What is tzedakah Get online guidance on giving

Rosh Hashanah is well behind us. But the other new year draws near and with it the last-minute impulse to donate to charity. Over the next few weeks I'd like to look at some of the sites on the Jewish Highway where you can pick up a good background in charity and perhaps, even leave some tzedakah behind.

Actually, charity really isn't a very good translation of the word tzedakah. According to Albert Vorspan, tzedakah "literally means 'righteousness.' Tzedakah is not an act of condescension from one person to another who is in a lower social and economic status. Tzedakah is the fulfillment of an obligation to a fellow-being with equal status." The essay

is at www.geocities.com/enchantedforest/7077/tzedakah.html

In a very interesting overview of "The Economics of Tzedakah" — http://swfs.org/ 58_GBG_erh.htm — Rabbi Gary M. Bretton-Garanatoor of New York's Stephen Wise Free Synagogue looks at the example set by Abraham. "We know little of Abraham's early life, and one might wonder why Abraham was singled out to become G-d's partner in the Covenant. We learn from the text that, 'Vayach'shveha lo tzedaka' — G-d considered Abraham on account of his righteousness." (Gen. 15:6)

Throughout the Torah, tzedakah, acts of righteousness, are tied to the Hebrew term Mishpat — legal justice, so that we learn that doing what is right and just is a legal obligation."

One of the most thought-provoking articles that I came across didn't address the giving of tzedakah but the taking of it. In "When Good Money Comes from Bad People" — www.jtsa.edu/news/jtsmag/6.3/forum.shtml — three professionals look at Jewish sources to help grapple with the ethics of accepting donations from morally questionable sources. What would you do?

Roger David Carasso asks a couple of other difficult questions in "Directed Tzedakah: A Torah Look into Where Tzedakah Should Be Given" — http://shlk.com/244 As he explains, "In the Sh'ma, we are directed to love Ha'Shem with all our might and all our possessions. Giving the right amount of charity means nothing or is even harmful if we do not direct it well. When the poor are not properly supported, they risk death; when Jewish Education is not properly supported, it also risks death. It also shows a lack of respect to property when money is given away so whimsically." Caruso then examines what the Torah says about tzedakah, how much, and to whom.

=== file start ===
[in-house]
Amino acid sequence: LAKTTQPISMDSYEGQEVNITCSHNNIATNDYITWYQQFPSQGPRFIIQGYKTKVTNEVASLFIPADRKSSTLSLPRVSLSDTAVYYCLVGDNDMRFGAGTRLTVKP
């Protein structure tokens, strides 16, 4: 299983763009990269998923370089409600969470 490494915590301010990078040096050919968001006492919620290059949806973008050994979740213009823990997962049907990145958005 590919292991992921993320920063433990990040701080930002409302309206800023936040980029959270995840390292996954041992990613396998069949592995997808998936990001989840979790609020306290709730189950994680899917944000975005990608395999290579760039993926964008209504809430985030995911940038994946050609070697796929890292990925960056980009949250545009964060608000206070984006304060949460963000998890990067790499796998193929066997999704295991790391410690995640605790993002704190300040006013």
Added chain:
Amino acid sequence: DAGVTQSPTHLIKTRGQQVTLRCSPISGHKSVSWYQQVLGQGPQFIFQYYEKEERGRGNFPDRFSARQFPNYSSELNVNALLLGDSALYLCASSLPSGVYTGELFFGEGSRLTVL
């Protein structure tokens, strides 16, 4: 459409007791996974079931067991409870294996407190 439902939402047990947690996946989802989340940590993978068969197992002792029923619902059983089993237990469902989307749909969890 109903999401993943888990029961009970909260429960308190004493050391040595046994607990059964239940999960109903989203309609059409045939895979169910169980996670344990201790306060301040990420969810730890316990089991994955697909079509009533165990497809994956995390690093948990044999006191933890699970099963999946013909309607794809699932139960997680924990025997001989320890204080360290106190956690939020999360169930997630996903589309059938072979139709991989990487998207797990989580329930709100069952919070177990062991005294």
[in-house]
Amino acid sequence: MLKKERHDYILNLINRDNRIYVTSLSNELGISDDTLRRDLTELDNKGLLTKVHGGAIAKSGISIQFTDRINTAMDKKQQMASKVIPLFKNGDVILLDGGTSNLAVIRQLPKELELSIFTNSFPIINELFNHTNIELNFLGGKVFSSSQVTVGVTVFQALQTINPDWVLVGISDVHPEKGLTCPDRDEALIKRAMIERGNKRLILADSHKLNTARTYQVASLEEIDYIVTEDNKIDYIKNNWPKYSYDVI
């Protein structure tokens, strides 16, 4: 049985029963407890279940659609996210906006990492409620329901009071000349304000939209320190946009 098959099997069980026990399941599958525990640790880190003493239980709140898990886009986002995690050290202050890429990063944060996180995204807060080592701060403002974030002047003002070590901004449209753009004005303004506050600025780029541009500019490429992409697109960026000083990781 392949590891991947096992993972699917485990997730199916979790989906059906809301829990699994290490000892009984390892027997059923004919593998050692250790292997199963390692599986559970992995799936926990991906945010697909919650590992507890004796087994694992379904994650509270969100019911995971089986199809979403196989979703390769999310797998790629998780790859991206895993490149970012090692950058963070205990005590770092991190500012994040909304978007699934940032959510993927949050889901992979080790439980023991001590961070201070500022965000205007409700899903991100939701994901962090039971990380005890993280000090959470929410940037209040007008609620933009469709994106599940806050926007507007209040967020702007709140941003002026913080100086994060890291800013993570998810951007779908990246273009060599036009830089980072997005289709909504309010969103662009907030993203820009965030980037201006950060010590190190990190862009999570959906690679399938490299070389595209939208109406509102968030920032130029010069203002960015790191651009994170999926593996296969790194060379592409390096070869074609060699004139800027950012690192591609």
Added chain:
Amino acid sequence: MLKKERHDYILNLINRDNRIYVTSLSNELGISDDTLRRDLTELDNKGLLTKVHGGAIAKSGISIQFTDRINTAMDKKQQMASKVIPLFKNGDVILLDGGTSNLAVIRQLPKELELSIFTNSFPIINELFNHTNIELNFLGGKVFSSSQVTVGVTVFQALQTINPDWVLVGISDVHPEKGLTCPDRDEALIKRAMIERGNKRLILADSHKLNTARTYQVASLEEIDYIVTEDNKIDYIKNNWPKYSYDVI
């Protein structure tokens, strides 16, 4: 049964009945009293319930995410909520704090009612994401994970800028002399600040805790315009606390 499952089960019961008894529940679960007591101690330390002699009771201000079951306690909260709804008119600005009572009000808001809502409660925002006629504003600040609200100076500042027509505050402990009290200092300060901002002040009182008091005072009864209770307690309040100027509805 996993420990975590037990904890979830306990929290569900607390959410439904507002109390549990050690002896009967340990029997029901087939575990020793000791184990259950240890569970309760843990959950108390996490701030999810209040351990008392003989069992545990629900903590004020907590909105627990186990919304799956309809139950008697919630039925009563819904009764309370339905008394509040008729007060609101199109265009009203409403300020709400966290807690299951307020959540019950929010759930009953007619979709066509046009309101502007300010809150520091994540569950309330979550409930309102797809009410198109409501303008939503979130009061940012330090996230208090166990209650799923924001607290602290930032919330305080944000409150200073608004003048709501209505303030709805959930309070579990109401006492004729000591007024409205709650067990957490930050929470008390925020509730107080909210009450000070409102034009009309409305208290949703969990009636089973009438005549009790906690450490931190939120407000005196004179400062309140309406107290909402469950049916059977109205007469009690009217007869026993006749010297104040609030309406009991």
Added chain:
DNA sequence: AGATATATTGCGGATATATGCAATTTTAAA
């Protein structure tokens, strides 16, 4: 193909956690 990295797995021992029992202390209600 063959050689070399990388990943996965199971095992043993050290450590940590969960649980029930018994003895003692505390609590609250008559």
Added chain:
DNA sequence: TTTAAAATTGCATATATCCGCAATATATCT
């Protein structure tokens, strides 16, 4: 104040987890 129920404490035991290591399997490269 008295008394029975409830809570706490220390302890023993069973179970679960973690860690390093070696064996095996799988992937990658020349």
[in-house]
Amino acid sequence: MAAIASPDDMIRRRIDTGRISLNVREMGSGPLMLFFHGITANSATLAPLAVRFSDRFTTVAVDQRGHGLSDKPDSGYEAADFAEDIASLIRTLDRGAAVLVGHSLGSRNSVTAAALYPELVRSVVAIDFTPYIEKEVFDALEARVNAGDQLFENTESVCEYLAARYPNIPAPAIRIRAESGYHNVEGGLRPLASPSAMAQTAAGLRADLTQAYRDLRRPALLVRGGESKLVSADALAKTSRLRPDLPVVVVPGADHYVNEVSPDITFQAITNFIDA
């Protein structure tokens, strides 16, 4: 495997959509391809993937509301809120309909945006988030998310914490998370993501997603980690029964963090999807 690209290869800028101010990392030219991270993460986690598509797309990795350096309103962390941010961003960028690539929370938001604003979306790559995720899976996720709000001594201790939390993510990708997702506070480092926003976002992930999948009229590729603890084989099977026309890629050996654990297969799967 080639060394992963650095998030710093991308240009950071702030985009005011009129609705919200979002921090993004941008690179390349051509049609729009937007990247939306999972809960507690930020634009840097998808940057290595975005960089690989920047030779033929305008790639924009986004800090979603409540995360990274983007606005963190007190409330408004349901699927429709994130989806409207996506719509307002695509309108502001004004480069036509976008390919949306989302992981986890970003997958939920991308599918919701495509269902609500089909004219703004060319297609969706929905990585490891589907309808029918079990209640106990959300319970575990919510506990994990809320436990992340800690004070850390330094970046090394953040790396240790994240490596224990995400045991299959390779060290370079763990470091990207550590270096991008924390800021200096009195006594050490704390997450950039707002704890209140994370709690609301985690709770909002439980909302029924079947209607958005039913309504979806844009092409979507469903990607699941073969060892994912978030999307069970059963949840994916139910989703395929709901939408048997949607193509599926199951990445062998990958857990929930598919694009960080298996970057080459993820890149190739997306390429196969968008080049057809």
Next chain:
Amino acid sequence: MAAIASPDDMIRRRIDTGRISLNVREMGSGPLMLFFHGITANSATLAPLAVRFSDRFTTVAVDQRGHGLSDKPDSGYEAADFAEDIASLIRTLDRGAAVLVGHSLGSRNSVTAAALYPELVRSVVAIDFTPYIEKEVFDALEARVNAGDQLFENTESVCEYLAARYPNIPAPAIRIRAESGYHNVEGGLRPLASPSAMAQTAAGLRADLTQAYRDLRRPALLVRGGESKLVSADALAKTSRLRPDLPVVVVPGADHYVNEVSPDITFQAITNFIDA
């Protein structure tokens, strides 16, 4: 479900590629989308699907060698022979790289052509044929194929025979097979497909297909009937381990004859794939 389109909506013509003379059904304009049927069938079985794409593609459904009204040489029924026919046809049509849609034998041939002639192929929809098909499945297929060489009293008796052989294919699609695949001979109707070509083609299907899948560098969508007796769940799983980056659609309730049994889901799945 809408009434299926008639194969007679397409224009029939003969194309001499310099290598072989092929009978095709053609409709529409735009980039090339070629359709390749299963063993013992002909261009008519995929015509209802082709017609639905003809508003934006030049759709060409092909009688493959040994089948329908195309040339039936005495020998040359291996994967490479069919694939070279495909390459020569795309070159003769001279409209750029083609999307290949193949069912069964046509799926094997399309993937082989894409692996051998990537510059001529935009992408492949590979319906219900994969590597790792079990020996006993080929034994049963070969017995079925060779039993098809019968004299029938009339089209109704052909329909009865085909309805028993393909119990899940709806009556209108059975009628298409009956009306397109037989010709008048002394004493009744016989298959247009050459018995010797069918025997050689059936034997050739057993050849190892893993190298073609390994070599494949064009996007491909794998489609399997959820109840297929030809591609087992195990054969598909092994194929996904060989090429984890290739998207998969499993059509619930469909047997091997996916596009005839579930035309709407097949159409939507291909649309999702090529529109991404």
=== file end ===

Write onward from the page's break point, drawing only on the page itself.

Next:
The Just-Tzedakah Web site — http://just-tzedakah.org/guidelines/introduction.html — also has a detailed look at giving from a Jewish point of view. While the theoretical halachic minimum for giving is about $2, this only applies to someone who is living in poverty him or herself. The site suggests that most people contribute of 10 to 20 percent of that year's net income. Other tzedakah recommendations from the site: Calculate your obligation with care; don't brag; avoid delay; give cheerfully and with compassion.

Take a look at Arthur Kurzweil's "Brother, Can You Spare a Dime: The Treatment of Beggars According to Jewish

Tradition" — www.ajritz.com/jew/brother.htm Kurzweil says that although "the organized Jewish community has gotten the mitzvah of giving tzedakah down to a virtual science," he himself has always been confused and inconsistent in his treatment of beggars. He poses 15 questions such as "What if they are all fakes or frauds?" "Shouldn't these beggars be supported by official agencies?" and "Should I buy them a cup of coffee because they'll probably spend it on booze anyway?" Kurzweil, who is not a rabbi but a well-known Jewish genealogist, obviously spent a great deal of effort sifting through traditional sources, which clearly demand compassion for the needy.

Finally, kudos to the Solomon Schechter Day School of Greater Boston. Its students have created an informative and colorful series of Web pages about the halachot of tzedakah — www.ssdsboston.org/tzedakah/zdk00.htm But what I really love about these pages is that the students have not only included quotes from our sages but have also shared their own thoughts on giving and loving-kindness. Kol hakavod!

Next time, we'll continue our look at tzedakah and the Internet with suggestions about how to decide whom to help.